Fake News? Not at Hebrew University

We are an Israeli university and proud of it. We are a pluralistic university that believes in equality for all and freedom of opinion, and we’re proud of it

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Students wearing military uniform protesting Hebrew University lecturer after false reports claimed she rebuked a uniformed student, Jerusalem, January 8, 2019.
Students wearing military uniform protesting Hebrew University lecturer after false reports claimed she rebuked a uniformed student, Jerusalem, January 8, 2019.Credit: Emil Salman
Asher Cohen and Barak Medina

Jerusalem’s Hebrew University is a pluralistic Israeli research university. As an Israeli university, we often advise the government and state bodies. We encourage our community to take part in a range of public activities. We operate joint academic programs with the army, including two of the most prestigious ones. And yes, we play the national anthem at all major events.

As a pluralistic university, we happily admit any candidate who meets our academic standards and treat everyone with full equality, regardless of sex, religion, nationality or ethnicity. Members of our community are free to express their opinions, however provocative to much of the public, within the boundaries of the law. We operate numerous programs that aid disadvantaged individuals from all groups within society.

We live in a society where opinions have long been polarized. Ideological polarization has benefits: It clarifies and sharpens positions and in many cases leads to welcome changes. But ideological polarization can lead to emotional polarization, in which each side focuses on the information that matches its position and ignores what is perceived as contrary to it. This problem is particularly difficult when complex events are involved. Add to this the growing prevalence of “fake news,” in which the public is given false information spiced with false manipulations, and the problem is further exacerbated.

In recent months, the Hebrew University has been in the eye of the storm in three cases. In each, we adhered to the principles of Israeliness and pluralism as we confronted the challenges created by the combination of emotional polarization and fake news.

The first was when Lara Alqasem was barred from Israel as a result of her past involvement in an organization that supports boycotting Israel. The boycott, divestment and sanctions movement is hostile to Israel and Israeli universities and often uses false information. We fight as best we can, guided by the Israeli and pluralistic nature of our university. We welcome all students as long as they obey the law, including on boycotts. Alqasem’s admission is one way to fight BDS. Still, fake news and emotional polarization led to our being accused, preposterously, of cooperating with the movement.

The second was the absurd claim that we had made English the language of instruction at the university. Like many institutions in Israel and abroad, we are trying to make the university more international, an effort the Council for Higher Education in Israel encourages. This includes creating English-language programs and increasing our English-language course offerings. We welcome international students as part of our pluralism.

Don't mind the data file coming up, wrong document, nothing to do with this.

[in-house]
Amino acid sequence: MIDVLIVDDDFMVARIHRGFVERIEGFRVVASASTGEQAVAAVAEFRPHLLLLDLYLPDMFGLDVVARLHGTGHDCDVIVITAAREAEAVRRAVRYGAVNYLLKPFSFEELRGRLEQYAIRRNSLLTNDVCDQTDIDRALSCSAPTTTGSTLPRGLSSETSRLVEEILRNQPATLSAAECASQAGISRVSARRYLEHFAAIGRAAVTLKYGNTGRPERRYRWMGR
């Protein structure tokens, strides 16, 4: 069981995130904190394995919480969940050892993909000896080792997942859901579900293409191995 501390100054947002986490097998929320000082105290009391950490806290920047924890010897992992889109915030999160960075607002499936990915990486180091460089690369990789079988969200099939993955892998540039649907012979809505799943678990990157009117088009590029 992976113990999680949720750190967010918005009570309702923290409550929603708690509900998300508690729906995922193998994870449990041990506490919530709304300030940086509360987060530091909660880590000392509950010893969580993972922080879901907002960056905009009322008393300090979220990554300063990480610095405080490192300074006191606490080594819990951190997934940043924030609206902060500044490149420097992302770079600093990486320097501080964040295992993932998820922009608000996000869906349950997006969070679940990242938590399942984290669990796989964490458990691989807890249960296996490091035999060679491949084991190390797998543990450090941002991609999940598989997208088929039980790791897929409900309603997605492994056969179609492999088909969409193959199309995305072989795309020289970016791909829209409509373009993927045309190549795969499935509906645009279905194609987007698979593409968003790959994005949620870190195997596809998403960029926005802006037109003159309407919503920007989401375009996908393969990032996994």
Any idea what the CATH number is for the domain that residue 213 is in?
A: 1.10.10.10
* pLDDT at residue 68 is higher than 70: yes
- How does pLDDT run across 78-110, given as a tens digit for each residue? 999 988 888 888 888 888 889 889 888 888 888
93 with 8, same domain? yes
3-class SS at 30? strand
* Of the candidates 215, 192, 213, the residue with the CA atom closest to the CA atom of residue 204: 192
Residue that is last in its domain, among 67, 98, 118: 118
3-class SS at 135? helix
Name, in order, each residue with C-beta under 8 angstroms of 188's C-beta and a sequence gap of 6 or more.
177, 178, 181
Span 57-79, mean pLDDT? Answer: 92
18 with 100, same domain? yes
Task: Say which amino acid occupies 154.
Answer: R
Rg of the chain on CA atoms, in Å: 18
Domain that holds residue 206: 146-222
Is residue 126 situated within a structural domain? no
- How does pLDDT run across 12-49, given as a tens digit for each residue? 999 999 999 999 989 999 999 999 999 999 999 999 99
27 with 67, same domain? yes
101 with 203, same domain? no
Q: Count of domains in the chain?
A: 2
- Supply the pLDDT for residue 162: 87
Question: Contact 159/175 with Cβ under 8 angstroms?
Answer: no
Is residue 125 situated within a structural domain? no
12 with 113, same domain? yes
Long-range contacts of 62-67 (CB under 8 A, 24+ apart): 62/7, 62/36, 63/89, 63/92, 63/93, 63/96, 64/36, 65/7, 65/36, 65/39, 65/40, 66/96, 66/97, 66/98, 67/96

Still, as an Israeli university, most of our instruction is in Hebrew. Our international development does not in any way affect this. As in the previous case, emotional polarization plus fake news created the totally erroneous impression that we planned to stop teaching in Hebrew.

The third event, which has not yet completely subsided, was the sharing of a video showing part of a hallway conversation between a lecturer and a student, who is also a soldier in uniform. Following the release of the video, it was claimed that the lecturer does not welcome students in uniform, which is totally mistaken. Here fake news played a central role; this lecturer has always welcomed the full range of students, including soldiers in uniform, to her classroom.

This fake news, apparently created by the corrupt organization Im Tirtzu, unfortunately managed to create this false impression among large parts of the public. There was an intense domino effect that required us to take the unusual step of publishing prominent ads in major newspapers, making it clear that we have always welcomed students who are active service members, to keep this from snowballing.

Here again, emotional polarization played a major role. Far-right extremists ignored the facts and continued to make false allegations against the lecturer and the university. Unfortunately, as part of the emotional polarization, Haaretz also wrote an outrageous editorial from a different direction, in which it chose to ignore the situation and the fact that it was a sensitive event that involved both a lecturer and a student — and attacked us for ostensibly surrendering to populist public pressure and for giving the lecturer insufficient support.

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The facts are different: After investigating, we found there was no reason to take any action against the lecturer, since in her words and actions she had not meant to insult or belittle the student. We chose to apologize publicly because the student interpreted the lecturer’s behavior as offensive.

The bottom line is that we did not submit to populist pressure. We acted in accordance with the principles derived from Hebrew University being an Israeli and pluralistic university.

Let us end how we began. We are an Israeli university and proud of it. We are a pluralistic university that believes in equality for all and freedom of opinion, and we’re proud of it. It’s a complex scenario, but we will continue to act in this light.

Prof. Asher Cohen is president of the Hebrew University of Jerusalem. Prof. Barak Medina is its rector.

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